T-Mobile Sued For Throttling ''Unlimited'' Data

A disgruntled T-Mobile customer recently filed a class-action lawsuit in California alleging that the carrier markets certain phone plans as providing unlimited data usage, but then caps the bandwidth once the consumer has signed a two-year contract.

Trent Alvarez purchased two smartphones from T-Mobile last year, signing two-year contracts to receive the discounted price. Alvarez signed on under the impression that data usage would be unlimited, as he was assured by a T-Mobile sales representative who "expressly represented … that the data plan [Alvarez] was to receive would be 'unlimited.'"

But he eventually discovered that wasn't the case. In May 2010 Alvarez received a text message from T-Mobile saying that his connection would be throttled. "Your data usage in this billing cycle has exceeded 10GB," the message said. "Data throughput [speed] for the remainder of the cycle may be reduced to 50kbps or less."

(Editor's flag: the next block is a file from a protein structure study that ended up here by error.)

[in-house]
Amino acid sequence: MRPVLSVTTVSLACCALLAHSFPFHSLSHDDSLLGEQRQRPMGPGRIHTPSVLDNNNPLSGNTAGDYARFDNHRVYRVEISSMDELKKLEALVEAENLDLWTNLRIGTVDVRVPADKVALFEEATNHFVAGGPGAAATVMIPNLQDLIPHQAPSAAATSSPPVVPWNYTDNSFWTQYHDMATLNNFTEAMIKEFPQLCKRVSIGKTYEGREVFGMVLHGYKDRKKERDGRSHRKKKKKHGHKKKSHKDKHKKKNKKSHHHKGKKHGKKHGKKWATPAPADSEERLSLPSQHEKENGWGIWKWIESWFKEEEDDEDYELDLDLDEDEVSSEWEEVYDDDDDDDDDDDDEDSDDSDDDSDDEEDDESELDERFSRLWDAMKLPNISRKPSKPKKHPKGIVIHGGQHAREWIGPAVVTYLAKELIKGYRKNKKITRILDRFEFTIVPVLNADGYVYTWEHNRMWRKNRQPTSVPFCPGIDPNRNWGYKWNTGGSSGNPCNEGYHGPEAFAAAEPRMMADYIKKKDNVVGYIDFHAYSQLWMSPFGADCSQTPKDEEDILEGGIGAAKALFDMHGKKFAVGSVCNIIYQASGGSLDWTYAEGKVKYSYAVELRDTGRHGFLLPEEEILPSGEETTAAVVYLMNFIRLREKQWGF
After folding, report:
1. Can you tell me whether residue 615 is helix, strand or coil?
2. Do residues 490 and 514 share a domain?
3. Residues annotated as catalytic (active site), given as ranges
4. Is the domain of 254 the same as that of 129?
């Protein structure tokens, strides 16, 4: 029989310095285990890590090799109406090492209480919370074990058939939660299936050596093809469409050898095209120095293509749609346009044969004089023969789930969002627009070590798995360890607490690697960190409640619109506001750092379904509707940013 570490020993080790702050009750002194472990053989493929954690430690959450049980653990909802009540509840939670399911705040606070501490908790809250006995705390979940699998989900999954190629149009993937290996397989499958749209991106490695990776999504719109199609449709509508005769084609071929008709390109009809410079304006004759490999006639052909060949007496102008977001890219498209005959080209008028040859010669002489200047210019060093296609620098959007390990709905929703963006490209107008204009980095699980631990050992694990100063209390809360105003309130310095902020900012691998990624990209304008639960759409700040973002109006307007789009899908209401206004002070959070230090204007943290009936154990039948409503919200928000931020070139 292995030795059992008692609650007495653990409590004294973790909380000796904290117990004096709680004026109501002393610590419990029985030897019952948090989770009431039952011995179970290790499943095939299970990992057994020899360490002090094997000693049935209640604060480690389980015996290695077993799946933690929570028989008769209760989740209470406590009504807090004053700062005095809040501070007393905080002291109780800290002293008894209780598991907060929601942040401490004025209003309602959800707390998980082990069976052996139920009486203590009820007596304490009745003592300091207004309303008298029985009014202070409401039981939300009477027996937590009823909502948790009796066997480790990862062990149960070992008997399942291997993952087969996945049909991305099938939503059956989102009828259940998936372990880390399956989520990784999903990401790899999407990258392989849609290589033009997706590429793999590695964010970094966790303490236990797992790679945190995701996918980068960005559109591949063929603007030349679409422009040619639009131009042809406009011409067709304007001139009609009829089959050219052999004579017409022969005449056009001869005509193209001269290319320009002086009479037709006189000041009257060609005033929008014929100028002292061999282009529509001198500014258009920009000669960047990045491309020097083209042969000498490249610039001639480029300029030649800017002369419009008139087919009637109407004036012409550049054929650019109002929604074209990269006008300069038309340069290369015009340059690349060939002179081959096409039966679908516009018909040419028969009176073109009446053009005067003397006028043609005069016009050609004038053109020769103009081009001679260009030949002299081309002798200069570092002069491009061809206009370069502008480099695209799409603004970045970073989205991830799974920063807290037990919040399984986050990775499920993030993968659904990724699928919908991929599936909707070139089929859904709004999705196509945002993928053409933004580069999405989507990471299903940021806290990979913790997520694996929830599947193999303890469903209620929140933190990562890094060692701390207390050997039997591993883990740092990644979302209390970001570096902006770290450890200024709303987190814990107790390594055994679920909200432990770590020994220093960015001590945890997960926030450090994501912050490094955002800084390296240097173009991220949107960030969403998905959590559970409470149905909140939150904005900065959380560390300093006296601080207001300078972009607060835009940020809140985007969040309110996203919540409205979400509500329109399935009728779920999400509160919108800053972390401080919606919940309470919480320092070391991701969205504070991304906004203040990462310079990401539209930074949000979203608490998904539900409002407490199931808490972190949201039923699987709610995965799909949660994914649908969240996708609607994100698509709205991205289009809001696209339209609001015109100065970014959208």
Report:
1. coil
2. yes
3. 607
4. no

He called to have the throttling removed, however the carrier refused.

Alvarez claims that T-Mobile's throttling renders the two phones "essentially useless for anything other than making or receiving phone calls and text messages." The lawsuit demands an injunction that prevents T-Mobile from advertising plans as 'unlimited,' and also requests a refund for the money spent on the phones and contracts.

The problem with the lawsuit is that T-Mobile provides a disclaimer in its Data Plan Terms. "To provide the best network experience for all of our customers we may temporarily reduce data throughput for a small fraction of customers who use a disproportionate amount of bandwidth," it reads under Protective Measures. "Your data session, plan, or service may be suspended, terminated, or restricted for significant roaming or if you use your service in a way that interferes with our network or ability to provide quality service to other users."

Currently T-Mobile offers "unlimited" plans on its website, but does not indicate any type of restrictions by using an asterisk and fine print. Consumers must click on the Data Plan Terms link to read the unlimited limitations.